Dr Ambedkar in his last speech to the Constituent Assembly gave the following warning: “How long shall we continue to deny equality in our social and economic life? If we continue to deny it for long, we will do so only by putting our political democracy in peril. We must remove this contradiction at the earliest possible moment or else those who suffer from inequality will blow up the structure of political democracy.” With due respect to you, Hon’ble Member of Parliament, and to your fair sense of judgement, we would like to emphasise that by abrogating the constitutionally mandated minimal reservation in these elite institutes we are putting our ‘political democracy in peril.’ We urge you to bring a calling-attention-motion, in the upcoming monsoon session of the parliament, to discuss this institutionalised discrimination in these elite academic spaces. We appeal to you to remind these institutes that being ‘institutions of national importance’ they should set an example for the rest in obeying the law of the land.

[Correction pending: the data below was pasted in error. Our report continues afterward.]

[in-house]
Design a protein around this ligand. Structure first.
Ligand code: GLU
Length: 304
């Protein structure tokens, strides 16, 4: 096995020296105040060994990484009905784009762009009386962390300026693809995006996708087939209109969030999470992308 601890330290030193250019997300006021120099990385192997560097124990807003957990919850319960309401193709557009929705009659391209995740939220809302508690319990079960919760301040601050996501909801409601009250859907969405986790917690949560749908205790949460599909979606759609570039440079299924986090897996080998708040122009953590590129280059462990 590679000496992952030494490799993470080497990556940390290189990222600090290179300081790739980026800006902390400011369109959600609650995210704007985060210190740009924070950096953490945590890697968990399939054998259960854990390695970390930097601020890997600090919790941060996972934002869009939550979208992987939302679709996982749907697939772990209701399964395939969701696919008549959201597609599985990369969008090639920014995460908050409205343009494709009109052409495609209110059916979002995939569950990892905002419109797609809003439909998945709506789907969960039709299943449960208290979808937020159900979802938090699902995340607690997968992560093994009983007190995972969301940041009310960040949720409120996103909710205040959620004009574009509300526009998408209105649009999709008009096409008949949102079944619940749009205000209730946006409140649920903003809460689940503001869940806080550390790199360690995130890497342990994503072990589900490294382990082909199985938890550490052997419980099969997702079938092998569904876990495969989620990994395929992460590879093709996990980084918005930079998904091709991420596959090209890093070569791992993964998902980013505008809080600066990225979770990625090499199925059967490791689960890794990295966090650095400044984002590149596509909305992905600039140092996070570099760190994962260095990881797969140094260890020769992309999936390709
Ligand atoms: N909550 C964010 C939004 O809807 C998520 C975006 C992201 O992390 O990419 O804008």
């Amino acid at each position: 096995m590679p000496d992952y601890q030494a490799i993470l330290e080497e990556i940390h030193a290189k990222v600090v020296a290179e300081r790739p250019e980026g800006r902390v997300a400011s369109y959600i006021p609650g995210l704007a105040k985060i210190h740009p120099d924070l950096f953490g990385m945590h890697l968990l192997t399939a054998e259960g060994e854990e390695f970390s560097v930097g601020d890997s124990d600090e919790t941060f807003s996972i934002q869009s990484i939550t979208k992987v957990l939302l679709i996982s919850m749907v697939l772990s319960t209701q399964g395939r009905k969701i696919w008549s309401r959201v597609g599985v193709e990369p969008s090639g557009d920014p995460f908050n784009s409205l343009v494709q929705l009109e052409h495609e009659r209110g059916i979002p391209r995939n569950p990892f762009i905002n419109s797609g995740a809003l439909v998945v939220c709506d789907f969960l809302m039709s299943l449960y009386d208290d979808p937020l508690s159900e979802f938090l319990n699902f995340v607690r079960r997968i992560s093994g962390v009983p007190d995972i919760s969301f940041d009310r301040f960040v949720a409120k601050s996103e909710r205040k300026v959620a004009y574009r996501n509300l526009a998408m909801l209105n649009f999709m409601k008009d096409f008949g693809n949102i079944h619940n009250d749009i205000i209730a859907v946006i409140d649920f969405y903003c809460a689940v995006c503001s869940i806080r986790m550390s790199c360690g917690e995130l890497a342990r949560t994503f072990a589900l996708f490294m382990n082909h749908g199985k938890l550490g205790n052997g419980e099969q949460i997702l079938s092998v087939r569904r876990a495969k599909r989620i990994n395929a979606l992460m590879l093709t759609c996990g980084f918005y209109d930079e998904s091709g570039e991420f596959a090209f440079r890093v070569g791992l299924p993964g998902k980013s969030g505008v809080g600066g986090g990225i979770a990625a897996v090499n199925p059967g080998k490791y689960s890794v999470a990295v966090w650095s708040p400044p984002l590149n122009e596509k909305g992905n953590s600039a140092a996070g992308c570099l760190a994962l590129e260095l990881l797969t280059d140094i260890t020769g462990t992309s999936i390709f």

Our demands are the following:

  1. The mandated reservation should be followed, in letter-and-spirit, both in faculty recruitment and PhD admission.

a) The reservation should be applied not just to the institutes but also to the individual departments and pay-grade wise faculty recruitment (viz., Assistant Professor, Associate Professor, and Professor). If necessary, the CEI (Reservation in Teachers’ Cadre) Act 2019 should be amended in this regard.

b) All the reservation vacancies in the faculty cadre should be filled within two academic years.

c) Cut-off (CGPA) requirement in PhD admissions should be done away with.